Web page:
What is design research methodology and why is it important?
What is design research?
Design research is the process of gathering, analyzing and interpreting data and insights to inspire, guide and provide context for designs. It’s a research discipline that applies both quantitative and qualitative research methods to help make well-informed design decisions.
Not to be confused with user experience research – focused on the usability of primarily digital products and experiences – design research is a broader discipline that informs the entire design process across various design fields. Beyond focusing solely on researching with users, design research can also explore aesthetics, cultural trends, historical context and more.
Design research has become more important in business, as brands place greater emphasis on building high-quality customer experiences as a point of differentiation.
Design research vs. market research
The two may seem like the same thing at face value, but really they use different methods, serve different purposes and produce different insights.
Design research focuses on understanding user needs, behaviors and experiences to inform and improve product or service design. Market research, on the other hand, is more concerned with the broader market dynamics, identifying opportunities, and maximizing sales and profitability.
Both are essential for the success of a product or service, but cater to different aspects of its lifecycle.
Design research in action: A mini mock case study
A popular furniture brand, known for its sleek and simple designs, faced an unexpected challenge: dropping sales in some overseas markets. To address this, they turned to design research – using quantitative and qualitative methods – to build a holistic view of the issue.
Company researchers visited homes in these areas to interview members of their target audience and understand local living spaces and preferences. Through these visits, they realized that while the local customers appreciated quality, their choices in furniture were heavily influenced by traditions and regional aesthetics, which the company's portfolio wasn’t addressing.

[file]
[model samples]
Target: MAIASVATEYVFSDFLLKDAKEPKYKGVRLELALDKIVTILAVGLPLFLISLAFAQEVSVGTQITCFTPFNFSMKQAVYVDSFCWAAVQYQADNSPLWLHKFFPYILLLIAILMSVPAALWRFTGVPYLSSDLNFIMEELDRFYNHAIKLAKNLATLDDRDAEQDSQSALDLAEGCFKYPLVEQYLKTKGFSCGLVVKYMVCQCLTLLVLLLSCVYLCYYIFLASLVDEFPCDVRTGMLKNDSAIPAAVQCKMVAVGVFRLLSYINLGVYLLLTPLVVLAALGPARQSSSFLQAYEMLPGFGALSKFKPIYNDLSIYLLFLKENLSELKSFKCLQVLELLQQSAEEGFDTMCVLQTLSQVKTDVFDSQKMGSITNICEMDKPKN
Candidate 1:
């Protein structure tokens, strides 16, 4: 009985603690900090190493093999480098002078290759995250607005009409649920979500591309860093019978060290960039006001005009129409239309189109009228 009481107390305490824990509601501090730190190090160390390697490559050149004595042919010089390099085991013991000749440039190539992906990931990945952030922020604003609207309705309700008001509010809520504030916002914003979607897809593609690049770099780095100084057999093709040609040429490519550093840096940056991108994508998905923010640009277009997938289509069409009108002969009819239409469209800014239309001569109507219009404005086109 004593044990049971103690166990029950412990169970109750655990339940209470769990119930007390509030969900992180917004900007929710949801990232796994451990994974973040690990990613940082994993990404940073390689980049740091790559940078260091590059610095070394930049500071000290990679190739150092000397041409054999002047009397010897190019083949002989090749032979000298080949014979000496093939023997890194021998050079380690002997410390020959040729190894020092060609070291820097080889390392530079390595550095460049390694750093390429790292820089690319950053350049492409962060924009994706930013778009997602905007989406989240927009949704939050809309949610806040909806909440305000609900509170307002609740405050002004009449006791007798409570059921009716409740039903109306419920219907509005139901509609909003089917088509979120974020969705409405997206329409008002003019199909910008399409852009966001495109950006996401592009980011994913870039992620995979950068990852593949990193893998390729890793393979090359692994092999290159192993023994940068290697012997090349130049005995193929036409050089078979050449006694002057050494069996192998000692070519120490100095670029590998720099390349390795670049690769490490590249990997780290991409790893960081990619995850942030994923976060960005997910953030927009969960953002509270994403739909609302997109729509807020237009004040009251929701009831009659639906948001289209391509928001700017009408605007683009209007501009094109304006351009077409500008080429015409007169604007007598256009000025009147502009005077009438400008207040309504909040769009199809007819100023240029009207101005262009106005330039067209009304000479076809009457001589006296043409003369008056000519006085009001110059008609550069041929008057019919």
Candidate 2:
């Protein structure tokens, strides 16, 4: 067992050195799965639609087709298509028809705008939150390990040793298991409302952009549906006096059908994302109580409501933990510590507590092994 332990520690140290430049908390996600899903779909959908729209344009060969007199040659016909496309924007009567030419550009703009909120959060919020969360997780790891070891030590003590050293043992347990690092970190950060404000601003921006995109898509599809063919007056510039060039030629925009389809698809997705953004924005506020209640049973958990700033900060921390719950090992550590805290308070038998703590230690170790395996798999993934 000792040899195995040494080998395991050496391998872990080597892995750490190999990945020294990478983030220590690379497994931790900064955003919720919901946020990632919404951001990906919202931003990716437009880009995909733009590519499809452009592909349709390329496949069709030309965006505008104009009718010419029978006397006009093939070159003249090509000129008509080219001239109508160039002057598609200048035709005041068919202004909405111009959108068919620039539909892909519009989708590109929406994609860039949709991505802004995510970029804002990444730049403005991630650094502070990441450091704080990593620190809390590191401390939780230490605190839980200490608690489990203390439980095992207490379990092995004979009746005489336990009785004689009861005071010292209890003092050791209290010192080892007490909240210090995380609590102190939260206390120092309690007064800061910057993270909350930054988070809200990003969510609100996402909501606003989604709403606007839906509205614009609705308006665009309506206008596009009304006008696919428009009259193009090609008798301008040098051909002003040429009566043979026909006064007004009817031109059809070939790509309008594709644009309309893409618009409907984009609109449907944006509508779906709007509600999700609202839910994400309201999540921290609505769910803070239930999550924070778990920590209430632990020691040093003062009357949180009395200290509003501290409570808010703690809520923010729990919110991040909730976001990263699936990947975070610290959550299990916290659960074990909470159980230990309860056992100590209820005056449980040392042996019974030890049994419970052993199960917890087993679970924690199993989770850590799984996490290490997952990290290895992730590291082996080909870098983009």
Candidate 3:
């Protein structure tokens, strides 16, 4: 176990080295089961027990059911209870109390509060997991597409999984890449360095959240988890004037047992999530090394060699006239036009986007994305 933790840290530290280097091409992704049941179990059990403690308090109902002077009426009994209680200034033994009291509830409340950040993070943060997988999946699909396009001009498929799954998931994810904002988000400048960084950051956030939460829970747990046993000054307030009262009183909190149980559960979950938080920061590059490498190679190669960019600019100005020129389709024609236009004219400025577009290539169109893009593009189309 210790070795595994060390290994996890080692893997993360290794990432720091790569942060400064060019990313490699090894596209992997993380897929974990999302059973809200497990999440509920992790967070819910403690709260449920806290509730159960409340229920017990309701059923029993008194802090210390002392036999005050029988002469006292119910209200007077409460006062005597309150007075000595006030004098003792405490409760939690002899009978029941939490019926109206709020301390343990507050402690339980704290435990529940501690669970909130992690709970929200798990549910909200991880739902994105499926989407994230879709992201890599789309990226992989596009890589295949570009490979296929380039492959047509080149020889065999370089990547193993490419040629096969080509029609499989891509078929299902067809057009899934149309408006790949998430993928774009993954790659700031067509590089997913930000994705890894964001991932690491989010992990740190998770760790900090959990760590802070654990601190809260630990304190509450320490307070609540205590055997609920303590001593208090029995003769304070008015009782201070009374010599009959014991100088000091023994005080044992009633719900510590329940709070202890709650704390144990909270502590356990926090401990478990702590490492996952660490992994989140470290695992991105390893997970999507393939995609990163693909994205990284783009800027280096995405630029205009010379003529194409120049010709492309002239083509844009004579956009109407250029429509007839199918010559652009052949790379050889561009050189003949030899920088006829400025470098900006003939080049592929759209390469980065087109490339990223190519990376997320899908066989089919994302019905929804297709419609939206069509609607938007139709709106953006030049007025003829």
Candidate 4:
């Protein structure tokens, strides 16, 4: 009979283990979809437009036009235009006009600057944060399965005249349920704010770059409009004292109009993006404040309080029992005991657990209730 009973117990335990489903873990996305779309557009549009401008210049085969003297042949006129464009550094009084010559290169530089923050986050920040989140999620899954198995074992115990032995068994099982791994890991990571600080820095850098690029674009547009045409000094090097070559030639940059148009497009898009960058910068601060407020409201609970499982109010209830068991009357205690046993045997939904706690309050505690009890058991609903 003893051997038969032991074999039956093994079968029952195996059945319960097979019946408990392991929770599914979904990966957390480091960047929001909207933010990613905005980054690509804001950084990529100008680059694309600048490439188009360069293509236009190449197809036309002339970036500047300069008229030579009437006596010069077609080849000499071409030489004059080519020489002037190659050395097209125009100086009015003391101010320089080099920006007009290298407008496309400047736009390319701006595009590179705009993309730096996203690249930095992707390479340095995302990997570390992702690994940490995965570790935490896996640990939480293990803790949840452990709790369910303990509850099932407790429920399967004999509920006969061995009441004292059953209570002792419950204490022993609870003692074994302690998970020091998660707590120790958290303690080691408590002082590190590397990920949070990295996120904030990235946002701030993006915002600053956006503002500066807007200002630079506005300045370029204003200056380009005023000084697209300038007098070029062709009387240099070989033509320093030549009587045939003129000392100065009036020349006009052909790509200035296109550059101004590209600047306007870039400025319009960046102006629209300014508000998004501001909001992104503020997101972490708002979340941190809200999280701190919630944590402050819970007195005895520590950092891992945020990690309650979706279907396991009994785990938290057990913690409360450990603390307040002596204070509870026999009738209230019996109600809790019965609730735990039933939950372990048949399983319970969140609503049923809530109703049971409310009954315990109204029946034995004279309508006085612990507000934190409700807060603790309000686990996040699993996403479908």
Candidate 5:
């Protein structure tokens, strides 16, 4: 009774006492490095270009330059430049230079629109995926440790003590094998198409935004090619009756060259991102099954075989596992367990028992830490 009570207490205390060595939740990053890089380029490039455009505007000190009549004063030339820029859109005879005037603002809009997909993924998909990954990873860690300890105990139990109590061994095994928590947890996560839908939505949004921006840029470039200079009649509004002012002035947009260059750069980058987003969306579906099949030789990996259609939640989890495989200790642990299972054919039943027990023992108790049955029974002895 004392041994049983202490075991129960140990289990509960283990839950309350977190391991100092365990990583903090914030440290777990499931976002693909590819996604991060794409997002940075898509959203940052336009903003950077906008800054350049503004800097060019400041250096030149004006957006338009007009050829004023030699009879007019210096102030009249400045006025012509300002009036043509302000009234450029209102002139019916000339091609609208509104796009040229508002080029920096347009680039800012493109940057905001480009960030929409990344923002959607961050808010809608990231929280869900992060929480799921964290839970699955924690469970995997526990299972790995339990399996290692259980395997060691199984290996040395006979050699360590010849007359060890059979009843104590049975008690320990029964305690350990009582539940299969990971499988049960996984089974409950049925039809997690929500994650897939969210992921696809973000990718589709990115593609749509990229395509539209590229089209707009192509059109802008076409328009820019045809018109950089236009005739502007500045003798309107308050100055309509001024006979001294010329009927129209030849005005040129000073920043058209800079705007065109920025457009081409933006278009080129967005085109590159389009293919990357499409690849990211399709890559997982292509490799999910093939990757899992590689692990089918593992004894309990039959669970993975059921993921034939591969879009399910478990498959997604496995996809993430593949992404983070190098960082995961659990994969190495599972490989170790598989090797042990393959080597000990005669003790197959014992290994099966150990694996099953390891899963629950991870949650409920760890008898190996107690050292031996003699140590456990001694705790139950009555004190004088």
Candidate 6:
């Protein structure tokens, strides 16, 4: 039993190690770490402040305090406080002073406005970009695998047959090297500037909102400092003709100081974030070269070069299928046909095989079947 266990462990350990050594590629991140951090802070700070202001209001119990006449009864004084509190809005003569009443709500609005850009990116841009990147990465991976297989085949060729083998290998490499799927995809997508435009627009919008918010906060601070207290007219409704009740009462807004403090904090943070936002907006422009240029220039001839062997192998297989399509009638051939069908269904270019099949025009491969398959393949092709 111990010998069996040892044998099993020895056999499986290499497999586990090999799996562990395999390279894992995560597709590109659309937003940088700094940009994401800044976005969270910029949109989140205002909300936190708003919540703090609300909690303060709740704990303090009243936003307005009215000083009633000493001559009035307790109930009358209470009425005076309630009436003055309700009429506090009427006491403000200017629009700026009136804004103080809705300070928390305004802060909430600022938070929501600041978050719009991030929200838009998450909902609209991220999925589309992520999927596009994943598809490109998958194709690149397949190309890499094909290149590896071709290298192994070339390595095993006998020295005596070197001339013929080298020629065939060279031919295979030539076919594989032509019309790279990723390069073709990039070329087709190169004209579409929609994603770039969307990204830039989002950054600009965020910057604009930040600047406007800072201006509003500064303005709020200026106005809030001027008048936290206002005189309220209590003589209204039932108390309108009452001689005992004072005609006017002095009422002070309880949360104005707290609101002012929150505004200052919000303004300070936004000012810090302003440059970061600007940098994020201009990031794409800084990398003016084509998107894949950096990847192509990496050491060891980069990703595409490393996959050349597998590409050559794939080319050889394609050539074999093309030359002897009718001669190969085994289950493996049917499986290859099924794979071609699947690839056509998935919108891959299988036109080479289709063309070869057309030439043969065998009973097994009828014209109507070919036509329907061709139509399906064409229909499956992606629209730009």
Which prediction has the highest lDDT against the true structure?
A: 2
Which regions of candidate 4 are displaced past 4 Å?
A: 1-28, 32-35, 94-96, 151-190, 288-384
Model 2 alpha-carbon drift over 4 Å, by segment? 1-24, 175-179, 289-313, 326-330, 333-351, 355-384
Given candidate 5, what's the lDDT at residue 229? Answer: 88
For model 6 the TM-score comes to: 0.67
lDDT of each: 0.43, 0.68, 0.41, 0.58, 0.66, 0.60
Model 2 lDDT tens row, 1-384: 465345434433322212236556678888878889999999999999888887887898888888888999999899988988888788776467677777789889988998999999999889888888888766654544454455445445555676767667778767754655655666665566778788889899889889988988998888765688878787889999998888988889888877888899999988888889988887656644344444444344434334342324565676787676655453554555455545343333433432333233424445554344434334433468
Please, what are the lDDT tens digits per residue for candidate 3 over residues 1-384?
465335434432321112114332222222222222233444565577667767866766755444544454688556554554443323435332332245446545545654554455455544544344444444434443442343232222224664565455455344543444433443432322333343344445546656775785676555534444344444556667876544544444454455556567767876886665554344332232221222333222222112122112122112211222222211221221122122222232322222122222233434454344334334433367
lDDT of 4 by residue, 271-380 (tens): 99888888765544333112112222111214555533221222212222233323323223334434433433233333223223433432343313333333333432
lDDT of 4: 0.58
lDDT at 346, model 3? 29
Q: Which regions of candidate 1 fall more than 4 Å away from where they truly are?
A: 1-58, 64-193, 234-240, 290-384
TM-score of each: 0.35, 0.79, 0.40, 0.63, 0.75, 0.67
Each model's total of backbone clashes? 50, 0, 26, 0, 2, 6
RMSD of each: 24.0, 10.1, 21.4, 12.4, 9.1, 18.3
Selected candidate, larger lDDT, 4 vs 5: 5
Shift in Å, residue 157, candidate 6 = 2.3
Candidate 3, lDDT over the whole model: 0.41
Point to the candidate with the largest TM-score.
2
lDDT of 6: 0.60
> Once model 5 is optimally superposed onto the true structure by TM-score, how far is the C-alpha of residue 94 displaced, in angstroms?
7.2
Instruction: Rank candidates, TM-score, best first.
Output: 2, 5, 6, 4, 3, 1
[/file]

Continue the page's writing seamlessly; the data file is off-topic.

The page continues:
To further their understanding, the company rolled out surveys, asking people about their favorite materials, colors and furniture functionalities. They discovered a consistent desire for versatile furniture pieces that could serve multiple purposes. Additionally, the preference leaned towards certain regional colors and patterns that echoed local culture.
Armed with these insights, the company took to the drawing board. They worked on combining their minimalist style with the elements people in those markets valued. The result was a refreshed furniture line that seamlessly blended the brand's signature simplicity with local tastes. As this new line hit the market, it resonated deeply with customers in the markets, leading to a notable recovery in sales and even attracting new buyers.
When to use design research
Like most forms of research, design research should be used whenever there are gaps in your understanding of your audience’s needs, behaviors or preferences. It’s most valuable when used throughout the product development and design process.
When differing opinions within a team can derail a design process, design research provides concrete data and evidence-based insights, preventing decisions based on assumptions.
Design research brings value to any product development and design process, but it’s especially important in larger, resource intensive projects to minimize risk and create better outcomes for all.
The benefits of design research
Design research may be perceived as time-consuming, but in reality it’s often a time – and money – saver that can. easily prove to be the difference between strong product-market fit and a product with no real audience.
Deeper customer knowledge
Understanding your audience on a granular level is paramount – without tapping into the nuances of their desires, preferences and pain points, you run the risk of misalignment.
Design research dives deep into these intricacies, ensuring that products and services don't just meet surface level demands. Instead, they can resonate and foster a bond between the user and the brand, building foundations for lasting loyalty.
Efficiency and cost savings
More often than not, designing products or services based on assumptions or gut feelings leads to costly revisions, underwhelming market reception and wasted resources.